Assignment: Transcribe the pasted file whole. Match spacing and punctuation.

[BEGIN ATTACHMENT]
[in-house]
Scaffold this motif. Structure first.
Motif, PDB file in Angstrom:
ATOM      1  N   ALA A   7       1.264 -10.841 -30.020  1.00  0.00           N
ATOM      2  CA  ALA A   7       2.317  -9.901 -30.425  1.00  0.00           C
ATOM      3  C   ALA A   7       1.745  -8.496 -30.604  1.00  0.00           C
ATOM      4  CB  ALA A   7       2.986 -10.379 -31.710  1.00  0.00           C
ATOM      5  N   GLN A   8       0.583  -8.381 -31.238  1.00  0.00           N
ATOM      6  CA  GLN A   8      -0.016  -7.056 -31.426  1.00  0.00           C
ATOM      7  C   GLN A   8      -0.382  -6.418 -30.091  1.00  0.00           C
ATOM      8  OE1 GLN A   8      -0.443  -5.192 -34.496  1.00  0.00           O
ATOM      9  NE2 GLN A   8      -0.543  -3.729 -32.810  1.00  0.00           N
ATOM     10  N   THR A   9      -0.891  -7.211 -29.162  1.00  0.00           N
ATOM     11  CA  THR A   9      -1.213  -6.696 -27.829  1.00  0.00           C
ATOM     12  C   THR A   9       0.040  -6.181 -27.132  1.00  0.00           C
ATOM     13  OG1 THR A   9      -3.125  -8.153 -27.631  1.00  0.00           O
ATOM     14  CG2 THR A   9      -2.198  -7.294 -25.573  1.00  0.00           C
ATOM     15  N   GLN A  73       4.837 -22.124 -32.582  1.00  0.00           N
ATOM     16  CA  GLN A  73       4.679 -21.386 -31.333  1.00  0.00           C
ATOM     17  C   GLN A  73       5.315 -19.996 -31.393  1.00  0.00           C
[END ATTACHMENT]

[in-house]
Scaffold this motif. Structure first.
Motif, PDB file in Angstrom:
ATOM      1  N   ALA A   7       1.264 -10.841 -30.020  1.00  0.00           N
ATOM      2  CA  ALA A   7       2.317  -9.901 -30.425  1.00  0.00           C
ATOM      3  C   ALA A   7       1.745  -8.496 -30.604  1.00  0.00           C
ATOM      4  CB  ALA A   7       2.986 -10.379 -31.710  1.00  0.00           C
ATOM      5  N   GLN A   8       0.583  -8.381 -31.238  1.00  0.00           N
ATOM      6  CA  GLN A   8      -0.016  -7.056 -31.426  1.00  0.00           C
ATOM      7  C   GLN A   8      -0.382  -6.418 -30.091  1.00  0.00           C
ATOM      8  OE1 GLN A   8      -0.443  -5.192 -34.496  1.00  0.00           O
ATOM      9  NE2 GLN A   8      -0.543  -3.729 -32.810  1.00  0.00           N
ATOM     10  N   THR A   9      -0.891  -7.211 -29.162  1.00  0.00           N
ATOM     11  CA  THR A   9      -1.213  -6.696 -27.829  1.00  0.00           C
ATOM     12  C   THR A   9       0.040  -6.181 -27.132  1.00  0.00           C
ATOM     13  OG1 THR A   9      -3.125  -8.153 -27.631  1.00  0.00           O
ATOM     14  CG2 THR A   9      -2.198  -7.294 -25.573  1.00  0.00           C
ATOM     15  N   GLN A  73       4.837 -22.124 -32.582  1.00  0.00           N
ATOM     16  CA  GLN A  73       4.679 -21.386 -31.333  1.00  0.00           C
ATOM     17  C   GLN A  73       5.315 -19.996 -31.393  1.00  0.00           C